I suppose it is a vicious cycle as I do not have the energy and mood to dabble in R&R activities and hobbies ... which in turn I think affects my personal development and eventually my ministry as well.

So while these are not New Year's resolutions, there are a few practical things I hope to do in 2013.

Try and get all my major work done by Friday. Easier said than done but if I can get all that needs to be done that is in my control for the week done by then that would be a good thing. I want to try and leave Saturdays for light ministry work (if I do not have any special activities on) and for working on creative ministries.
And though the year is still young and only one Saturday has passed in 2013, this seems doable and has been helpful. I actually had to wash my cloth easel once already (meaning I actually did some chalk art practice) :-)

And I have completed this Sunday's sermon so apart from tomorrow's wedding ceremony and dinner, it does look like I may have Saturday morning to do more practice.

Fit in small amounts of R&R and other stuff into my usual workdays. Which means for me that I have to try to fit in some gardening before going to work and straight after coming back. Even if it is just a 15 minutes session before I water the plants etc. rather than wait for a sunny Monday. Maybe this new daily rhythm would help more than just trying to work out a weekly rhythm. Pastoral work often cannot be postponed if there are needs on a Monday.

Take a lunch hour break. One of my personal quirks is that I have not taken a lunch hour break for the last four and half years (except for the occasion where I see someone for lunch). I work right through lunch hour. I realize that it is due to a mixture of circumstances. One was that when my sons were still in High school, I would send them to school and after school send them home. Where possible I fitted my work schedule around school hours. And to make sure I clock in my required work hours, I skipped lunch breaks. Not that my church leaders are so legalistic :-) Just my quirky temperament and work ethics where I must spend my 40 hours or more a week on ministry related matters.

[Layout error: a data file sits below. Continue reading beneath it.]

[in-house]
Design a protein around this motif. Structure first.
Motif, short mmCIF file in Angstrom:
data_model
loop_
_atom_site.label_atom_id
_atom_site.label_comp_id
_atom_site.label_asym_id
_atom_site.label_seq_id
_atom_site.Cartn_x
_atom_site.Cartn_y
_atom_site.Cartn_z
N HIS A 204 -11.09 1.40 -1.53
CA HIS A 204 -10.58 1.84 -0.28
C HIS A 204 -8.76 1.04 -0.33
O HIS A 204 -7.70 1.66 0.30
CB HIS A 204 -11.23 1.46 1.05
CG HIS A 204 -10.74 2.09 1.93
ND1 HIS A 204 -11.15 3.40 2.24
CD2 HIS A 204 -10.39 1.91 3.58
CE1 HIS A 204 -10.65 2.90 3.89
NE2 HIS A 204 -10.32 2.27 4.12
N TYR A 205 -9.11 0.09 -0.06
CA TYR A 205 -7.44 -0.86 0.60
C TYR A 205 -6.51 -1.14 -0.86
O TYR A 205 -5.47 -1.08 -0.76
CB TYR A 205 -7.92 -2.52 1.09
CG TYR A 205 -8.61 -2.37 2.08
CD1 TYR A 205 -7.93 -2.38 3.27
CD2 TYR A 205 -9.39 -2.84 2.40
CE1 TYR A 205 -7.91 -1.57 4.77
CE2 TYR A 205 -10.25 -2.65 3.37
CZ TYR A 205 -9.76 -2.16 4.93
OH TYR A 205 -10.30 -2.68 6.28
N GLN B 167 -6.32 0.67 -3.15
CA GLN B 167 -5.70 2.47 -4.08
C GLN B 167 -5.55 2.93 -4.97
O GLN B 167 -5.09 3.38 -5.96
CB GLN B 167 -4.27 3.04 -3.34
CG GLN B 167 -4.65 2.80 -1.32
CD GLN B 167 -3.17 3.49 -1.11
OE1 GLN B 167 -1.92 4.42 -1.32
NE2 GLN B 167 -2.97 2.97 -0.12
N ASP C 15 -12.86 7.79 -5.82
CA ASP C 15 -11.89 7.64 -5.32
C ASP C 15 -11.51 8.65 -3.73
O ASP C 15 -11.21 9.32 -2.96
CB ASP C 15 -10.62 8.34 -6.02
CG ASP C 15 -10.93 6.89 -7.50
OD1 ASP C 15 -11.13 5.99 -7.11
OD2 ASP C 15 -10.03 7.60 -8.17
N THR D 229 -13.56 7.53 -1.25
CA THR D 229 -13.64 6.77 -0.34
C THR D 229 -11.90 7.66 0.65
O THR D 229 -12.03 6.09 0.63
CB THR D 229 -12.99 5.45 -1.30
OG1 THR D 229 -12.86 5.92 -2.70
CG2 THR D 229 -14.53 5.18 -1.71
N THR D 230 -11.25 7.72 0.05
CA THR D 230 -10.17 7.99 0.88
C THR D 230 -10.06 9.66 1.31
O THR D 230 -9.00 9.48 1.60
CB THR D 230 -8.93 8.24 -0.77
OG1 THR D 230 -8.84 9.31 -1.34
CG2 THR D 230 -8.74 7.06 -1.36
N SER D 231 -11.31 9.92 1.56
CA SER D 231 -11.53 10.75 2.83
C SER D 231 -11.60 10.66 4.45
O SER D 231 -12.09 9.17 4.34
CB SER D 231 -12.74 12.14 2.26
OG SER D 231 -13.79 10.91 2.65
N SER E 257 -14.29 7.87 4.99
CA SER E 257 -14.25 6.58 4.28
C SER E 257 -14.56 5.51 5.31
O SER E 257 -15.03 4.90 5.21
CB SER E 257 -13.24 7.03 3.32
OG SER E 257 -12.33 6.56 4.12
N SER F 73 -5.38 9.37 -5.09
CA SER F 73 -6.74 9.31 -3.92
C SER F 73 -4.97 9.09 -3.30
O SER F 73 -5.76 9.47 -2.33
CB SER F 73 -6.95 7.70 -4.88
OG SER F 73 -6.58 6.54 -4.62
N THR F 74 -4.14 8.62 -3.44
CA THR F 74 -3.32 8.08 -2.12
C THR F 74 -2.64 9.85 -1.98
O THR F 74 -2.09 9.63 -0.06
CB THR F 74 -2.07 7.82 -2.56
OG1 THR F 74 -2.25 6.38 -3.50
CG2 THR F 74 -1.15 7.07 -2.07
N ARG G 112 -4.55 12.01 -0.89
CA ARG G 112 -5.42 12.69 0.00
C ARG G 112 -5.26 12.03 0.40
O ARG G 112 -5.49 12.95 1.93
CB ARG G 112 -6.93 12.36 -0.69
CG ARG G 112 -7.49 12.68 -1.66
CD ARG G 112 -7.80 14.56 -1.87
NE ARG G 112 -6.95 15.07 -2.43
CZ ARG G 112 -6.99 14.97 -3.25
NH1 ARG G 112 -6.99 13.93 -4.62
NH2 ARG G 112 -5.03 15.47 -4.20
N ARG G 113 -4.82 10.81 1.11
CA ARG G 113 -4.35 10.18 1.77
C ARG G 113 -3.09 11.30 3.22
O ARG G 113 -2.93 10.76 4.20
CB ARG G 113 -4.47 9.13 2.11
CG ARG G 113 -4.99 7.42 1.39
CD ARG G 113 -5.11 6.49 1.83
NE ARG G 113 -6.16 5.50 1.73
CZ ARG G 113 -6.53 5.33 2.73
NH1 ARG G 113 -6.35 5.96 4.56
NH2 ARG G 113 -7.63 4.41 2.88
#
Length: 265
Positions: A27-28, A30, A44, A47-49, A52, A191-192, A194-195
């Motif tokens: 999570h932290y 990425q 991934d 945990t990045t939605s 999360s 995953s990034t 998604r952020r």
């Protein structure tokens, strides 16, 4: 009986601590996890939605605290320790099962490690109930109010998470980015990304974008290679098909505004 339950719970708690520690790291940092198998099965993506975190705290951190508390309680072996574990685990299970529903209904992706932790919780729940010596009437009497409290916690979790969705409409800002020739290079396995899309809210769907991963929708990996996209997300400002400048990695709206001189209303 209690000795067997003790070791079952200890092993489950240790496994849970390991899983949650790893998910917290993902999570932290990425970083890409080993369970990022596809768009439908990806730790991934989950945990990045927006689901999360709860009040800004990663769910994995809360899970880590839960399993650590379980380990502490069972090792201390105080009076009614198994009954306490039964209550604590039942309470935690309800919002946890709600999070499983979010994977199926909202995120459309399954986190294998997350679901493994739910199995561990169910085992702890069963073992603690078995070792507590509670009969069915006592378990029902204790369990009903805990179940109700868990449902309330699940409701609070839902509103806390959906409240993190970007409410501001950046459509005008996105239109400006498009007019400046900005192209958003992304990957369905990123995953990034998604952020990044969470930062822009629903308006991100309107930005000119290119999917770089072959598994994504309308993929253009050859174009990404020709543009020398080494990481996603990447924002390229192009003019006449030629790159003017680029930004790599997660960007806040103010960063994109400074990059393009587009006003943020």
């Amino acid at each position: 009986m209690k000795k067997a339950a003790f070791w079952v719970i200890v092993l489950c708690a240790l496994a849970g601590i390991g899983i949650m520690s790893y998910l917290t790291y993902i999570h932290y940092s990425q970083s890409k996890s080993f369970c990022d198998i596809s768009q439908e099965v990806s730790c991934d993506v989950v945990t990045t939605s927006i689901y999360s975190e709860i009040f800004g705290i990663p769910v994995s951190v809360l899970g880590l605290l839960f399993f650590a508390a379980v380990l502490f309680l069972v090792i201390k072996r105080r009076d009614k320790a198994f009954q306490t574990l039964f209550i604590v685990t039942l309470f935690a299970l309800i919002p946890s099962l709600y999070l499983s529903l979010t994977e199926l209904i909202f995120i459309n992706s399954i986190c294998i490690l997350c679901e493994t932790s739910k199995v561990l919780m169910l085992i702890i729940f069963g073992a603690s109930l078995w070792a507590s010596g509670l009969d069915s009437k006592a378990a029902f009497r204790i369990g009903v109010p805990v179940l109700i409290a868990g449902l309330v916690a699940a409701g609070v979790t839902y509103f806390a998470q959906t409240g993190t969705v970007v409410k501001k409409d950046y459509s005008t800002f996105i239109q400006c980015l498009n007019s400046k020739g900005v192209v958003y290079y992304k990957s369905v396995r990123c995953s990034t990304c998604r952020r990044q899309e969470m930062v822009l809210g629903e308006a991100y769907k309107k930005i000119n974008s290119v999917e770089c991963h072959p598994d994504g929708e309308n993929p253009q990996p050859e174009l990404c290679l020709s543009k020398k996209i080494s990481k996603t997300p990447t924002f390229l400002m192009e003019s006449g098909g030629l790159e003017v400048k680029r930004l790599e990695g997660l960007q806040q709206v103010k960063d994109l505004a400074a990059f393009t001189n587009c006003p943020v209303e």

Also not many people understand the situation of a solo pastor with no colleagues, ministry or administrative ... during lunch breaks most people use it to get away from their colleagues or to socialize with their colleagues. I can do neither! LOL So never bothered about lunch breaks.

But now it is time to take a lunch break (more or less) and do something else. I do not need to take my children home from school and I have over the last few weeks been slowly tidying and reorganizing my office.  I think doing something else during lunch hour would also increase my energy levels.

I have a nice list of possible things to do (and have been experimenting) so while I hope this will become a routine, it won't be a boring and legalistic one. I still intend to power through many lunch hours so as not to lose momentum and mood when I am doing something well (like preparing a sermon). Realize that my office has the advantage of being quiet and totally my space!

Some on my list are:
1. simple short physical exercise
2. learn and practice magic
3. play my PC game (still Civ 5 in case you were wondering ...)
4. Play the guitar / ukulele

Fit in of time for deliberate continuing education. By this I do not mean study related to preparing a sermon or Bible study, Nor reading an occasional article or two on the web (though these have been helpful).  But time set aside for reading some more challenging books and listening to some good podcasts.

Again I am reminded of Steven Covey's quadrant 2. I realize too that in 2012 I have not spent enough time with the important but not urgent.

On a side note Eric Metaxes is someone I discovered recently. First from breakpoint commentaries after Chuck Colson passed away. But I only sat up and took notice this week when I listened this week to a very inspiring presentation he gave on "Faith and heroism". He is now (I think) on my top ten list of Christian communicators.

His website

Hope 2013 will be a good year for you